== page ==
We spend a good portion of our lives working to provide financial stability for our family and ourselves. This work includes efforts to provide income for retirement or at the point we are no longer able to work. Financial planners refer to this as asset accumulation. We put money aside in IRAs, 403(b)s, 401(k)s, SEPs, money purchase plans, and on and on. We want to save as much as possible. When the market takes a dip or a plunge, we obsess and often do the wrong thing – sell low.
When we retire or are otherwise unable to actively earn income, our focus shifts. Now we are concerned with how much monthly income we will have and for how long. Financial planners refer to retirement income planning as asset decumulation.
People in their 40s, 50s, 60s, and 70s are likely to be familiar with investment risk. They have many more risks with which to contend. A sampling includes longevity risk, inflation risk, excess withdrawal risk, unexpected health care risk, long term care risk, frailty risk, elder abuse risk, sequence of returns risk, forced retirement risk, reemployment risk, employer insolvency risk, loss of spouse risk, unexpected financial responsibility risk, and public policy risk.
With so many risks to consider, it’s critical to set some solid retirement goals and consistently work to accomplish them. The design of goals and management of actions to attain them are important life skills for us all. These are skills we develop, not innate talents. Fear of not getting things right can lead to paralysis.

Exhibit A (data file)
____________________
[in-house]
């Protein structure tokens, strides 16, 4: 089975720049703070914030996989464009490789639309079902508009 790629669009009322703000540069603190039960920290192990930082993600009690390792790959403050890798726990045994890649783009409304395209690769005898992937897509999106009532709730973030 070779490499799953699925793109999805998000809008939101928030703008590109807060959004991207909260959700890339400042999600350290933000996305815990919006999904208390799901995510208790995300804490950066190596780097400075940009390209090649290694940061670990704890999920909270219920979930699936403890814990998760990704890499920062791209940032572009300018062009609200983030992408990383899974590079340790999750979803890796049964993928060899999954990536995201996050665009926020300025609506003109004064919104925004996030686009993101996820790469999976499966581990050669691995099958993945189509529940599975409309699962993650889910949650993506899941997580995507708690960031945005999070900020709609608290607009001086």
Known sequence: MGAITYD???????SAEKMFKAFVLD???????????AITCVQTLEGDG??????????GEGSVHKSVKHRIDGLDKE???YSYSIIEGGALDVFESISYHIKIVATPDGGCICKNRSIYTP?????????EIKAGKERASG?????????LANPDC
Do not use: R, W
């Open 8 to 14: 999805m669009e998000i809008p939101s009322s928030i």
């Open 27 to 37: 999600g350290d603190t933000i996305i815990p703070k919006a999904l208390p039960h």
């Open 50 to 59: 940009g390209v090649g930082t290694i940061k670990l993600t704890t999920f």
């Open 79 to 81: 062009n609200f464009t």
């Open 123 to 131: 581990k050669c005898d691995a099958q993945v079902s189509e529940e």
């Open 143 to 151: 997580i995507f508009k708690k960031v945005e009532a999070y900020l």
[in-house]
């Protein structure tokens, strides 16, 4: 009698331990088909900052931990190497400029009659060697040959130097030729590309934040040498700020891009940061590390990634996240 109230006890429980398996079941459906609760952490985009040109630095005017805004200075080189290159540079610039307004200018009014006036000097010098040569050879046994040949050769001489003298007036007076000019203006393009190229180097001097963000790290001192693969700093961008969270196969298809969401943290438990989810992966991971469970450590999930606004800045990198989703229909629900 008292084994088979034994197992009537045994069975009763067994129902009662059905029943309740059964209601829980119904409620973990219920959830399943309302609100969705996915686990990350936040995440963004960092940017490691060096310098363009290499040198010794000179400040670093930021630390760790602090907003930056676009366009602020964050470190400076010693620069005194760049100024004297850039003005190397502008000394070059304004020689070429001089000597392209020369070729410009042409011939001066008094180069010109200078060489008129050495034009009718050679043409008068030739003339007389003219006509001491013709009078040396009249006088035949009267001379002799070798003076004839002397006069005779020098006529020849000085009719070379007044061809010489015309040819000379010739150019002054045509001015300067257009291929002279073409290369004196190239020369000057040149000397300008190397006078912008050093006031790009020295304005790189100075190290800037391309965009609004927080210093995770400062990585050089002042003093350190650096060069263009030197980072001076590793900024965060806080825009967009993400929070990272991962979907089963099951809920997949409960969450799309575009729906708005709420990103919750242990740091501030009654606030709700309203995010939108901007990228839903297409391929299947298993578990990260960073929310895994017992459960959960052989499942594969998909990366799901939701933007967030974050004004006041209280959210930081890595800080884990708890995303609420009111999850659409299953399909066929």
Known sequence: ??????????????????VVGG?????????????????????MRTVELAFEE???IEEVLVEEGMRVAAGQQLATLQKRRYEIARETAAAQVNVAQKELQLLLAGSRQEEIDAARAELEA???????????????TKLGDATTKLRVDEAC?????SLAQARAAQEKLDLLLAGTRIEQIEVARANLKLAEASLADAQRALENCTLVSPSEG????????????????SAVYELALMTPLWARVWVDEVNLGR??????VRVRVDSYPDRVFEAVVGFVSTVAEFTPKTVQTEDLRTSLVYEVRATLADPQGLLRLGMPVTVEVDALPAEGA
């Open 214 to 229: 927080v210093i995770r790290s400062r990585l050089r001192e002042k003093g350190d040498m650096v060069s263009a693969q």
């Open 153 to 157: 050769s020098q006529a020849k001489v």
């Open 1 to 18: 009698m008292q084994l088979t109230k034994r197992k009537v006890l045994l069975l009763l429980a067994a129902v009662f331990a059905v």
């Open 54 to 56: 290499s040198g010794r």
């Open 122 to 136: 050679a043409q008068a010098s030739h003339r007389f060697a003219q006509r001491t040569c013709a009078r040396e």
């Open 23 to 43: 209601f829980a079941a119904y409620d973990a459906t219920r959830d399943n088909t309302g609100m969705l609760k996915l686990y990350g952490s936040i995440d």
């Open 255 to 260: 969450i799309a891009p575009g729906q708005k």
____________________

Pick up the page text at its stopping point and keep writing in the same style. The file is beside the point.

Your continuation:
Developing the skills for successfully setting and managing goals takes practice. And it’s important to continue to enjoy the learning process. Often, the process can be more rewarding when you work with a trusted advisor. I take the time to help my clients formulate their goals. Then I support them in achieving them through our monthly calls, with more frequent interaction as desired.
The science behind setting goals and achieving them has been tested and proven. Kelly McGonigal, a psychologist at Stanford University, provides research-based tips to help us develop and accomplish our goals.1 Blending some of her tips with those of my own, I recommend the following approach to set and accomplish goals.
Select goals that matter
When you feel a deep connection to the goal, you will be more committed to achieve it. A meaningful goal requires relevance to your concerns. When it comes to retirement income planning, consider developing goals that meet specific long-term needs for security, comfort, and fulfillment. It’s important to plan for uncertainty!
No one knows how many years they will need to be able to cover expenses once they retire. You may live to celebrate your 100th birthday and that means you would need income to last from twenty-five to fifty years depending on when and how you retire.